Tuesday, November 28, 2023
HometrandingUnion Minister Ashwini Vaishnaw to News18

Union Minister Ashwini Vaishnaw to News18

Union Minister Ashwini Vaishnaw, in an exclusive interview to CNN-News18, said that in the past nine years, Prime Minister Narendra Modi has “totally transformed the railways”.

The Minister for Railways, Communications, Electronics and Information Technology said that Modi has shifted the Indian politics “from treating the poor as vote bank” to “a very committed, sincere, dedicated way of bringing the benefits to them”.

Edited excerpts:

It has been nine years of the Modi government. One sector which has seen a visible change in these nine years is railways, be it the new railway stations or high-speed Vande Bharat trains. How do you see the arc of progress in the railways as the Minister in-charge?

In the past nine years, PM Narendra Modi ji has totally transformed the railways. You go to railway stations, they are spic and span, trains are running on time, all toilets have been converted into bio-toilets… There is a total transformative change in the railways. If you look at the previous 60 years, just about 30,000 km were electrified. In the past nine years, 40,000 km are being electrified. Nine years ago, 3.5-4 km new tracks were laid every day, the number is 14 km a day today, which is 5,000 km a year. In the last year, if we compare, the entire network of Switzerland has been added to the Indian Railways. That kind of change has happened. A total of 1,275 stations have been developed as world-class stations. Kawach world class safety system has been installed. Every aspect of a passenger’s journey is seeing a transformative change. Passengers give us this feedback. They realise what kind of change has happened in their lives.

The other ministry you deal with is Information Technology. It is said that the government needs to do more to try and control the impact of big techs we are seeing the world over and in India as well. A handful of big tech companies, multinational and transnational tech companies are reducing the power of the government and individual consumers. What does the government and ministry plan to do about it?

In fact, the entire world has realized — unlike many other countries where the big techs are dominant and they control every transaction — that India has actually created a new model of India stack, which is created by the Digital India initiative. In this model, no big tech is able to dominate any transaction. E.g., the payment system, a payment platform was created using public funds. Start-ups, industries, people… more than 300 million users have joined. Many start-ups are part of it, everybody is providing service and competing on the basis of quality of service. The world has acknowledged this kind of system officially in G20, G7 & SCO…all global fora and now Japan has also accepted the importance and power of the concept. They have agreed to adopt the UPI payment system. So our model is of democratising technology versus the other model in rich countries where technologies are in the hands of some dominant players.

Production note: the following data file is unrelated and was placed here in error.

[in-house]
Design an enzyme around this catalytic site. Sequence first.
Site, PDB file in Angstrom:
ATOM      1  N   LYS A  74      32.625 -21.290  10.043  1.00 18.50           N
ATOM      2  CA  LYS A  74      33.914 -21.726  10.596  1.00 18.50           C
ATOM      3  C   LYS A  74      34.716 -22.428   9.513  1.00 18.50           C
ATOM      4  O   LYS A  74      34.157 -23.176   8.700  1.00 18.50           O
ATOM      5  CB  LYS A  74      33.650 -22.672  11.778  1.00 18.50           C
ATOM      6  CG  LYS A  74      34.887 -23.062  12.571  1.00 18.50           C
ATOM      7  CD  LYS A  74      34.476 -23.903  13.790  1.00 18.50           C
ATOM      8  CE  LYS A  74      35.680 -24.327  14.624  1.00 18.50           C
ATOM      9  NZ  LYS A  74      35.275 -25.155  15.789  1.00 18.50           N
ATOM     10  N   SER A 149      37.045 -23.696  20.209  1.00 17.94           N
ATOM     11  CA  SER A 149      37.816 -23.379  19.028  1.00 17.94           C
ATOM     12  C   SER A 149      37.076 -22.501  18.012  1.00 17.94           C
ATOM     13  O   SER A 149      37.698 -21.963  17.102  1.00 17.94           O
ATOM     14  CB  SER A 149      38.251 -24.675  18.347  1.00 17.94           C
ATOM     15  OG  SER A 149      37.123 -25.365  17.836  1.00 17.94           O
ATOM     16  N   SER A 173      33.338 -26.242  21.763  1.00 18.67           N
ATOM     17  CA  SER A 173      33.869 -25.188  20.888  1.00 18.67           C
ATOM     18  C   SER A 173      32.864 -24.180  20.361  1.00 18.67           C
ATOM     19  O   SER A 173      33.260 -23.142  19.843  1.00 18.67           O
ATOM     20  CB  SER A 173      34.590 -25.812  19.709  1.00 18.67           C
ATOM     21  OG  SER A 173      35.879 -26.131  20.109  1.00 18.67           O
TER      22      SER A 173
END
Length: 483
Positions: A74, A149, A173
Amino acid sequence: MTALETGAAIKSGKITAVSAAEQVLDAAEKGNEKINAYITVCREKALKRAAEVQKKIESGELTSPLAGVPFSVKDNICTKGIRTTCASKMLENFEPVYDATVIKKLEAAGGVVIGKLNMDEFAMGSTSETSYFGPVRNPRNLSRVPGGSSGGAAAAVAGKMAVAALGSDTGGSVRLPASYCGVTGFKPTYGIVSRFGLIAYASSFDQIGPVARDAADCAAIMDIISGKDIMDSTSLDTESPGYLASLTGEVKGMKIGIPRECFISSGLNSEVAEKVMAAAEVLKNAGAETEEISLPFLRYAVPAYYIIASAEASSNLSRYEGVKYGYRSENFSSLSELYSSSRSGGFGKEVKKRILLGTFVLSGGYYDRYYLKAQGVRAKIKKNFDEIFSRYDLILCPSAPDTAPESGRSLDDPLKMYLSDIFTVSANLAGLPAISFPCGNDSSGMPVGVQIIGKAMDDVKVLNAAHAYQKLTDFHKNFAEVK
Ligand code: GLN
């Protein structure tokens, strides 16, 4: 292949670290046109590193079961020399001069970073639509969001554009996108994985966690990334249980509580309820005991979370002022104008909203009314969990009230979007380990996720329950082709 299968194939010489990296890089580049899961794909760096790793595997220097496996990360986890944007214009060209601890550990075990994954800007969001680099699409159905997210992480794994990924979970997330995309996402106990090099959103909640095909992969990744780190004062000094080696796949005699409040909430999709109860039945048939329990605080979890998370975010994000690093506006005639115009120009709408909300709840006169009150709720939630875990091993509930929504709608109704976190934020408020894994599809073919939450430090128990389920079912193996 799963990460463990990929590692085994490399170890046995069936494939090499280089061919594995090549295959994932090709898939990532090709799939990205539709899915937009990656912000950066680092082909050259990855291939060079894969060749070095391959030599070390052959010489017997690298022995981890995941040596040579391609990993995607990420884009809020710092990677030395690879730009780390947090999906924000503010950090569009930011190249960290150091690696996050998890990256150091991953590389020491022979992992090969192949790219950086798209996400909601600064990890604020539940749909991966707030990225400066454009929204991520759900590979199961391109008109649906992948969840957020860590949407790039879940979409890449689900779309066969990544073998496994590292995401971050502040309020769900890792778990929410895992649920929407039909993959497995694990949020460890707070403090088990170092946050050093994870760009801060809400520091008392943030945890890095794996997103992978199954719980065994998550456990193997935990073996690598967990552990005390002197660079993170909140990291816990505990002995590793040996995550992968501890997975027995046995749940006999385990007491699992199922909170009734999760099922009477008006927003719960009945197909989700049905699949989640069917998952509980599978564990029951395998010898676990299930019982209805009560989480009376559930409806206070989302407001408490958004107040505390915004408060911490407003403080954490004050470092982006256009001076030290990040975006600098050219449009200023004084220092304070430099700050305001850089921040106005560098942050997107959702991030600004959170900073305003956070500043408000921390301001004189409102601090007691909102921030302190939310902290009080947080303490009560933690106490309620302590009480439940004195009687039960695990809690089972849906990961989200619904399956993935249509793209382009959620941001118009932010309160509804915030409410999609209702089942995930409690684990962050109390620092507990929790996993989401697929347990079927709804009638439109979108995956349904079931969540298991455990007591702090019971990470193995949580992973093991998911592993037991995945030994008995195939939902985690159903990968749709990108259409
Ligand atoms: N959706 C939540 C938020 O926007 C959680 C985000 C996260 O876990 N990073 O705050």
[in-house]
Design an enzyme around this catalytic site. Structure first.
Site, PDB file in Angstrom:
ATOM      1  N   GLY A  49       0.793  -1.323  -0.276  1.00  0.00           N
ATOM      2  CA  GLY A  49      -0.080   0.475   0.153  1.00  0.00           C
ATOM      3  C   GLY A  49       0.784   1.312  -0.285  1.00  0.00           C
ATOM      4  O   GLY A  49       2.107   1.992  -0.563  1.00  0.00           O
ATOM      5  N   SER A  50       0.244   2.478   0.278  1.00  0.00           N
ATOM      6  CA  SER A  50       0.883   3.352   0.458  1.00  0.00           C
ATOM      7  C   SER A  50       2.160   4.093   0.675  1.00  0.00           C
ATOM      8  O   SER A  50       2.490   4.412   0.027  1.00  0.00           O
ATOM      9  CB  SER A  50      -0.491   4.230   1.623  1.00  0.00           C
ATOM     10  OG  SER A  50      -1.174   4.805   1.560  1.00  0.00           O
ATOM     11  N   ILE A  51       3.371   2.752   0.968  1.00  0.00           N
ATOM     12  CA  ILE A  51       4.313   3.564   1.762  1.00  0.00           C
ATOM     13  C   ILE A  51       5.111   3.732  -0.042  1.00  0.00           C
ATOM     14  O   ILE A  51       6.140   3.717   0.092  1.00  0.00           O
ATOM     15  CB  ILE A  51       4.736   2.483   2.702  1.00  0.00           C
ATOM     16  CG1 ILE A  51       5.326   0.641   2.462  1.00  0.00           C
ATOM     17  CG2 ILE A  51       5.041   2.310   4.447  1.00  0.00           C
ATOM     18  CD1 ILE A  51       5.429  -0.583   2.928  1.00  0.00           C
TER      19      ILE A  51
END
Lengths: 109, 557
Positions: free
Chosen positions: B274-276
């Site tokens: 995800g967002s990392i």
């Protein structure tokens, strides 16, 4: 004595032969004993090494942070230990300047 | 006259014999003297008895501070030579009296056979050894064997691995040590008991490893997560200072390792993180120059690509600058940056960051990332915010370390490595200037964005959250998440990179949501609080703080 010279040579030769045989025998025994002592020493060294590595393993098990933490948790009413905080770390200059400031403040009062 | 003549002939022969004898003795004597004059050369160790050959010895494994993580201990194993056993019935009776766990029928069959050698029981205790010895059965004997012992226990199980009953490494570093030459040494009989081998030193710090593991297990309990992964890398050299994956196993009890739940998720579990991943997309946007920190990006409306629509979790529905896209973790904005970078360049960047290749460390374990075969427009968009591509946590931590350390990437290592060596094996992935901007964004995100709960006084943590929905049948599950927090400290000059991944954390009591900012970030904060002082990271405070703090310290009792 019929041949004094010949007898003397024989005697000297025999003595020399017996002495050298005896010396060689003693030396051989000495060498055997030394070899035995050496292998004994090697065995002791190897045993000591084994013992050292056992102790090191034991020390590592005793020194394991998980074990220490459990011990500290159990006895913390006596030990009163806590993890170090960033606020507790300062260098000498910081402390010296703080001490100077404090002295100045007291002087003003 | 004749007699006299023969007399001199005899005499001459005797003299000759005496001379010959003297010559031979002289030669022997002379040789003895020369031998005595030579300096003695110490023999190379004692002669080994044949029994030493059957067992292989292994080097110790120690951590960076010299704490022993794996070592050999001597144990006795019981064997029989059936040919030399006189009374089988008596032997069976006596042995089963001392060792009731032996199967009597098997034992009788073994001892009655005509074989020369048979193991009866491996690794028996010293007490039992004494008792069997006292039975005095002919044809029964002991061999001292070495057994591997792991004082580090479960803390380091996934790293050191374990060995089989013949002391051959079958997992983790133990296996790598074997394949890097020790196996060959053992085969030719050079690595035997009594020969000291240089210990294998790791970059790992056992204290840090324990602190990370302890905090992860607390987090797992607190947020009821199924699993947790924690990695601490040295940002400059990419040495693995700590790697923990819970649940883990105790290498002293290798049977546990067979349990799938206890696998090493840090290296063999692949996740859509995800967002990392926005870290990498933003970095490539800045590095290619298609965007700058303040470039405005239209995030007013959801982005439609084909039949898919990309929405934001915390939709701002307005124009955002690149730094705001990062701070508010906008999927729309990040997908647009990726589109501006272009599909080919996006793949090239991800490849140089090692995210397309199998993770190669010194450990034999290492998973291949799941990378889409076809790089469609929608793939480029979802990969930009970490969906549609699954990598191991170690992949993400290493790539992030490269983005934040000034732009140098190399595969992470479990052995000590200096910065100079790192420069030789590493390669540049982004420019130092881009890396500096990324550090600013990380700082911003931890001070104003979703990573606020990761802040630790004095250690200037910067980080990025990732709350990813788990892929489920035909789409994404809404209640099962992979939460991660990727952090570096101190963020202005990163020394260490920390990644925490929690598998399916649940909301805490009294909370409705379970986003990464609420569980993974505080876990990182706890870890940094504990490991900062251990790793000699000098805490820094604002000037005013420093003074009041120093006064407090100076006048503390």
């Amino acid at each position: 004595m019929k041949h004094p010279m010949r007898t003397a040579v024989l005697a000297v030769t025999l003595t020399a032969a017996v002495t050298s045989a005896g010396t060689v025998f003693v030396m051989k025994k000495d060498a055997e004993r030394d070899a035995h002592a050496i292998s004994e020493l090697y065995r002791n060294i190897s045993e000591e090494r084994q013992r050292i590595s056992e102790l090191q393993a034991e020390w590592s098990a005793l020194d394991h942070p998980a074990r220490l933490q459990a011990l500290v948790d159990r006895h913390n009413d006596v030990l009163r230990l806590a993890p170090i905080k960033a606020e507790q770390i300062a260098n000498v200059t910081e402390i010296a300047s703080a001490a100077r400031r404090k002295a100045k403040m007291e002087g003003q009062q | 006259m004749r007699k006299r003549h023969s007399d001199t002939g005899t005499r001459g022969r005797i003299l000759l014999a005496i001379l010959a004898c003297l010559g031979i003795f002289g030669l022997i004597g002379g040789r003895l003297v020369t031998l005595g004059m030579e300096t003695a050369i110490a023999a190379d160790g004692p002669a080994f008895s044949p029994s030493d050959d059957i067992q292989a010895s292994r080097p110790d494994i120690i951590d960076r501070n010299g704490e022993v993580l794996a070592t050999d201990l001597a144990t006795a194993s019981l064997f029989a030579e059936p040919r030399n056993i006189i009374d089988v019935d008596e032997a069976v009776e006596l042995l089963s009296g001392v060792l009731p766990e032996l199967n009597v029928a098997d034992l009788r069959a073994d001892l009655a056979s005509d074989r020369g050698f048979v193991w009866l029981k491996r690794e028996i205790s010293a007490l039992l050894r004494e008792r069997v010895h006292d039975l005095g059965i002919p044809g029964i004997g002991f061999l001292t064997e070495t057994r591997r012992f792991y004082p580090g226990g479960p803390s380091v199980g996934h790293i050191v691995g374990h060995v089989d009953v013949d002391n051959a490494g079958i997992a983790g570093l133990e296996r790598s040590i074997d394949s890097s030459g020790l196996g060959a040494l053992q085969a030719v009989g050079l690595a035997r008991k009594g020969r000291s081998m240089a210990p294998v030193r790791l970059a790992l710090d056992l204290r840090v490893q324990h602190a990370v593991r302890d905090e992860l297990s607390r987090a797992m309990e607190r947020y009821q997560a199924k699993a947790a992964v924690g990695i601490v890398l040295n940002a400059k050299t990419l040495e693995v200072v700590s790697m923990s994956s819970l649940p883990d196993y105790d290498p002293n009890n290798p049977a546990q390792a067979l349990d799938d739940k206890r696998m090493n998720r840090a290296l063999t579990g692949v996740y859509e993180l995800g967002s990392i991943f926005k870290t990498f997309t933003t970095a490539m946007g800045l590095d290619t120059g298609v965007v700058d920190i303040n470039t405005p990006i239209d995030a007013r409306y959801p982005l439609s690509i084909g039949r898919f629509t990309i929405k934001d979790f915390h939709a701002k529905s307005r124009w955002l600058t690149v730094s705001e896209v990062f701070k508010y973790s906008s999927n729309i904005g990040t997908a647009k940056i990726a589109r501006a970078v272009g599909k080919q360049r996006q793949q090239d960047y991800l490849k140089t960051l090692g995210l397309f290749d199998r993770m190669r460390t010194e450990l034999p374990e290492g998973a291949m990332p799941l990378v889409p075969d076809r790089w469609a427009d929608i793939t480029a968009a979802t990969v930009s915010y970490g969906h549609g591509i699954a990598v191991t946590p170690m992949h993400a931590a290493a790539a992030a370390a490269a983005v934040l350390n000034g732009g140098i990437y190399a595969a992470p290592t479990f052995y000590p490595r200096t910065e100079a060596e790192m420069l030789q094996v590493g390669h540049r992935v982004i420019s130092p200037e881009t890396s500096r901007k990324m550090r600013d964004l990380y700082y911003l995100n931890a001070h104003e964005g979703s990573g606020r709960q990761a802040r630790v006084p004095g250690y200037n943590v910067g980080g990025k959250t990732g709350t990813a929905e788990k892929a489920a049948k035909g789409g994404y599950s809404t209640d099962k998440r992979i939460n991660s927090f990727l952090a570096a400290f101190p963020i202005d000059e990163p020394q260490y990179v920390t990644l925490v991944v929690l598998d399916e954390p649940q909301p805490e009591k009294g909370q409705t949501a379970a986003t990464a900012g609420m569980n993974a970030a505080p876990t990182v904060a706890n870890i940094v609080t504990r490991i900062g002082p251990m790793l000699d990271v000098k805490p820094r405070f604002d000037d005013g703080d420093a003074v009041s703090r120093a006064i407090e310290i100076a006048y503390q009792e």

The opposition says amid the physical infrastructure and an upgrade in digital infrastructure development, the Modi government has failed the people of India on two issues — price rise and unemployment. The opposition also says that India, which was a vibrant democracy, is slipping into the territory of an electoral autocracy. How do you respond to that criticism?

Absolutely not, I don’t agree with this. Social infrastructure has also seen huge changes. Take the case of AIIMS, up to 2014, there were only seven AIIMS facilities, today, there are almost 20 AIIMS facilities. In every sector, be it education, healthcare, providing basic amenities to people in villages, people have seen a transformative change. The change has led to huge trust in PM Modi’s way of functioning. He has shifted the Indian politics from treating the poor as vote bank to a very committed, sincere, dedicated way of bringing the benefits to them.

The opposition is saying the Karnataka results, where the Bharatiya Janata Party (BJP) lost badly and the Congress saw a big victory, are an example of the limitations of the ‘Modi Sarkar’ and ‘double engine government’. They are also saying that Karnataka was just the beginning and there will be similar results in Madhya Pradesh, Chhattisgarh and Rajasthan. You hail from Rajasthan, how do you counter that?

In Rajasthan, almost everybody has understood the deep level of corruption of the CM Ashok Gehlot-led Congress government. People have understood how the government is not able to do something as simple as conducting exams for jobs. There is a paper leak day after day. In contrast, if you look at the way the PM’s way of working… Railway recruitment, for example, saw more than 1 crore applicants, the exams happened in more than 300 cities, in more than 700 shifts in a flawless manner. There was not a single complaint of paper leak. That is the kind of thought process and delivery people want. People want absolutely clean governance. The Modi government demonstrated that first in Gujarat, during PM Modi ji’s tenure as the Chief Minister, and now at the national level. People understand this. People are looking at that as their future.



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